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Our passionate and supportive staff are available 24 hours a day, 7 days a week to guide you through the aftermath of this traumatic experience. We can offer information and options but know the importance of you being in control of what happens next.
Each survivor reacts to sexual violence in their own unique way. Personal style, culture, and context of the survivor’s life may affect these reactions. Some express their emotions while others prefer to keep their feelings inside. Some may tell others right away what happened, others will wait weeks, months, or even years before discussing the assault, if they ever choose to do so. It is important to respect each person’s choices and style of coping with this traumatic event. Whether an assault was completed or attempted, and regardless of whether it happened recently or many years ago, it may impact daily functioning. A wide range of reactions can impact victims. Some common emotional, psychological and physical reactions follow.
FACT: Sexual assault is NEVER the victim’s fault. Rape and sexual assault are crimes of violence and control that stem from a person’s determination to exercise power over another. It doesn’t matter what someone is wearing or how they are acting, no one asks to be raped.
FACT: Rape is the least reported and convicted violence crime in the U.S. There are many reasons why victims may choose not to report to law enforcement or tell anyone about what happened to him/her. Some include:
FACT: Anytime someone is forced to have sex against their will, they have been sexually assaulted, regardless of whether or not they fought back. There are many reasons why a victim might not physically fight their attacker including shock, fear, threats or the size and strength of the attacker.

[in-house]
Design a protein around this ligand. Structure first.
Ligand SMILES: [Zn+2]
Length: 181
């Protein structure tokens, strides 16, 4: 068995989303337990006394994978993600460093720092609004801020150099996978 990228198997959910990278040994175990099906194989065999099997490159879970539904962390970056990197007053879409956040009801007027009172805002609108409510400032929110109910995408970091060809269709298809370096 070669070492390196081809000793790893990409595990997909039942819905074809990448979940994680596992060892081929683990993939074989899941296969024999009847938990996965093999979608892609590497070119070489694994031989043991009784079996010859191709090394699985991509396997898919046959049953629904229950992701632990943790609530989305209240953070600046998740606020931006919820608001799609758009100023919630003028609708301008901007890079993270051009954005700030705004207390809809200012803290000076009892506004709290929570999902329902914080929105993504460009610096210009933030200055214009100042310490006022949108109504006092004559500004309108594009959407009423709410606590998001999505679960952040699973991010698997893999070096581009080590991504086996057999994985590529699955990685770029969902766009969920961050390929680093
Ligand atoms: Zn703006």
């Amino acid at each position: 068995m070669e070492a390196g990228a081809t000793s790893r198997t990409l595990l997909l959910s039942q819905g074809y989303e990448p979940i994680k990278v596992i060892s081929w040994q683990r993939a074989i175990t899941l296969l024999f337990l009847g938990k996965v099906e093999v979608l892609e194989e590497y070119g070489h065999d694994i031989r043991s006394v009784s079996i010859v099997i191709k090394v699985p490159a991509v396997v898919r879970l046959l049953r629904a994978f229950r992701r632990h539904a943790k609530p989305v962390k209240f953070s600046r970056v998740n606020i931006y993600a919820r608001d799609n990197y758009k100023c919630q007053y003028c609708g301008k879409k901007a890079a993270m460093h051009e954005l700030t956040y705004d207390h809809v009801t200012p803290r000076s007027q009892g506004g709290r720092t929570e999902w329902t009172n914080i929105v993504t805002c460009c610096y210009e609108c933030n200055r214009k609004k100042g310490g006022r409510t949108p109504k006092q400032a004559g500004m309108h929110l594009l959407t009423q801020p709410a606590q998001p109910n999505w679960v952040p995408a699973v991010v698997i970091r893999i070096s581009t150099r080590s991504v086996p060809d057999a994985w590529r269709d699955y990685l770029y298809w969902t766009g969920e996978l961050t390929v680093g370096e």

FACT: Being under the influence of alcohol or drugs is not an invitation for non-consensual sexual activity. A person under the influence of drugs or alcohol does not cause others to assault him/her; others choose to take advantage of the situation and sexually assault him/her because he/she is in a vulnerable position.
FACT: A sexual assault can happen anywhere and at any time. The majority of assaults occur in places ordinarily thought to be safe, such as homes, cars and offices.
FACT: Most sexual assaults are committed by someone the victim knows: a neighbor, friend, acquaintance, co-worker, classmate, spouse, partner or ex-partner. Studies show that approximately 80% of women reporting sexual assaults knew their assailant.
FACT: Men, women and children of all ages, races, religions, and economic classes, and can be and have been, victims of sexual assault. Sexual assault occurs in rural areas, small towns and larger cities. According to the U.S. Department of Justice, a rape or attempted rape occurs every 5 minutes in the United States.
FACT: Sexual assault is a crime, never simply a mistake. It does not occur due to a miscommunication between two people. Sexual assault is any unwanted sexual contact obtained without consent through the use of force, threat of force, intimidation, or coercion.
FACT: Men can be and are victims of sexual violence. Approximately one in six men will be victims of sexual violence at some point in their lifetime. Sexual assault of men is thought to be greatly underreported. Being a victim of sexual violence does not make a man less “manly” and does not have implications for his sexual orientation.
FACT: Orgasm does not mean that someone “enjoyed” the sex, or that they wanted it. Orgasm can be a natural biological reaction that someone can’t control; it does not mean that forced or coerced sexual activity was consensual and often this is used to silence the survivor
FACT: Reported sexual assaults are true, with very few exceptions. FBI crime statistics indicate that only 2% of reported rapes are false. This is the same rate of false reporting as other major crime reports.
FACT: Sexual offenders are “ordinary” and “normal” individuals who come from all educational, occupational, racial, and cultural backgrounds. You cannot pick a sex offender out of a crowd. This myth exemplifies our cultural tendency to blame victims – it is not the case that victims are assaulted because they failed to spot an obvious perpetrator
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